The environment. Each morning my first phone check is not for the news or my emails but instead, the levels of the harmful, invisible particulate matter, PM2.5, to decide whether I can exercise outdoors, or whether the baby gets to go out on a walk in the afternoon. On many days this year, the levels have been too high for my girls to go outdoors. “The air is bad today” coming out of the mouth of a three-year-old is quietly heartbreaking. The hacking cough sounds of a baby are even worse.

In March, my husband, daughters and my parents stayed for a long weekend in Okinawa after I finished up some reporting there. The six of us were walking to dinner (we had found a Red Lobster in Japan and I’ve never met a chain restaurant I didn’t love). My mom and my older daughter, Eva, disappeared for a few minutes. Later when they caught up with us my mom told me they had come upon a steep grassy hill and young Japanese kids were rolling down the hill. Eva found it puzzling and delightful. She tried to do it, but it took her a few attempts before she could figure it out — the girl had never rolled down a hill before, because she hasn’t grown up around enough grass or hills to do so, nor does she get to play outside that much. I was aghast; I grew up a tomboy in the suburbs, playing in creeks in the summertime and sledding down neighborhood slopes when it snowed.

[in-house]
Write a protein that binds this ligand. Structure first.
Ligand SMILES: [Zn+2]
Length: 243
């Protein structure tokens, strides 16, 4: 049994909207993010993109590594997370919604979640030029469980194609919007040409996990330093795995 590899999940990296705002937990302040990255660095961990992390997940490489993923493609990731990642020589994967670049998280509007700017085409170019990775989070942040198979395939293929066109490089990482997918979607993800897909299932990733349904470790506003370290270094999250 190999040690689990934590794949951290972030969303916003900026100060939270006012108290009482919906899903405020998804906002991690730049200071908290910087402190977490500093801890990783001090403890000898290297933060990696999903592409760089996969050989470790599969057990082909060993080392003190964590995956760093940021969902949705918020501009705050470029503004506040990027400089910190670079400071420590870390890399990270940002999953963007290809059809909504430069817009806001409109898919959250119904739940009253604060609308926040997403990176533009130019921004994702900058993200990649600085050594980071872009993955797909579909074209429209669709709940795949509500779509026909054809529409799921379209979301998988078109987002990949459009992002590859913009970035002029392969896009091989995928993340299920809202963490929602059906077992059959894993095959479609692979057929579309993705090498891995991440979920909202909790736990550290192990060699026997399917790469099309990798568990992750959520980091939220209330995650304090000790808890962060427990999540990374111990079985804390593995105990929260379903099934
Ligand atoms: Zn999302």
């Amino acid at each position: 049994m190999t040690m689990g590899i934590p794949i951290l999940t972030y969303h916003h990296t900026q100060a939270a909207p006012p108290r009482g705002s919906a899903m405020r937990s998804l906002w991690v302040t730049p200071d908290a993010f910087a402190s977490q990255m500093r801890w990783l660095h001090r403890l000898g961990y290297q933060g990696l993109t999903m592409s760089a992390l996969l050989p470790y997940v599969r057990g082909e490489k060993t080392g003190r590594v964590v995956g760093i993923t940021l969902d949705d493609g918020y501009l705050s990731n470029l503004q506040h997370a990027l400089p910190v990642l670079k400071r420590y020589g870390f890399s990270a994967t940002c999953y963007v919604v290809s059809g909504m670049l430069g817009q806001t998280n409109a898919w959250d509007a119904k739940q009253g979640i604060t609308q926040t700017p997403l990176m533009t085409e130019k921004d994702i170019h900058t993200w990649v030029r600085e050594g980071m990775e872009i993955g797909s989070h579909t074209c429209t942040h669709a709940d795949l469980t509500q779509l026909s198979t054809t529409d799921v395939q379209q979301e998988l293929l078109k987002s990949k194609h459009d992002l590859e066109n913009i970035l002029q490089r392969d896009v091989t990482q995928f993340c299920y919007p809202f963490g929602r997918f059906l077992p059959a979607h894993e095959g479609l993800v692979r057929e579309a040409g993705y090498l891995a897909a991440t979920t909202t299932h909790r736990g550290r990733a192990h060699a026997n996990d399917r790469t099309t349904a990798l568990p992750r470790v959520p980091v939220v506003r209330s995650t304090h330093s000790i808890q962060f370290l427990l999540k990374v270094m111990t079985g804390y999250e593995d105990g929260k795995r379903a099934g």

This kind of existence has made me value small, yet huge, freedoms I never thought about before, and consider them more fully when deciding what to do next. Millions of people in China and India’s megacities have it far worse when it comes to pollution, and millions of children are growing up breathing the same air my children would breathe if I moved to, say, Shanghai, for a couple of years. But, I have a choice; many of their parents do not have the same choice. 99 percent of the time my parenting philosophy is kids are adaptable and flexible; they can easily fold into their families’ lives. But I feel like pollution and lifelong lung capacity falls in the one percent of instances where I should adapt to what they need, first.